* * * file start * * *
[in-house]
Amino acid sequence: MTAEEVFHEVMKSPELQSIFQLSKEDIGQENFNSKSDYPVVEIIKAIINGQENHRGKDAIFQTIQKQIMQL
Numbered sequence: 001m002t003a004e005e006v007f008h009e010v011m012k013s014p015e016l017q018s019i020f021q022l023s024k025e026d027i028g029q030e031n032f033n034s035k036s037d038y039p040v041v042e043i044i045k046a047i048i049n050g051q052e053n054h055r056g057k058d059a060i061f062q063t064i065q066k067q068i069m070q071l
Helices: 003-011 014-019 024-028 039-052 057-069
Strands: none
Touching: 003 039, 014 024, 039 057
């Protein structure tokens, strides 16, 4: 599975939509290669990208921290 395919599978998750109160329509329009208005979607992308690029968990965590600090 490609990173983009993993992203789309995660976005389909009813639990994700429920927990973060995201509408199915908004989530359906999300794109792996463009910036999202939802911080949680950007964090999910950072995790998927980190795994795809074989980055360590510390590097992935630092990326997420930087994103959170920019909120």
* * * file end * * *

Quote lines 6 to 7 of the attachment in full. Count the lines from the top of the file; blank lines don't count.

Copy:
Touching: 003 039, 014 024, 039 057
């Protein structure tokens, strides 16, 4: 599975939509290669990208921290 395919599978998750109160329509329009208005979607992308690029968990965590600090 490609990173983009993993992203789309995660976005389909009813639990994700429920927990973060995201509408199915908004989530359906999300794109792996463009910036999202939802911080949680950007964090999910950072995790998927980190795994795809074989980055360590510390590097992935630092990326997420930087994103959170920019909120």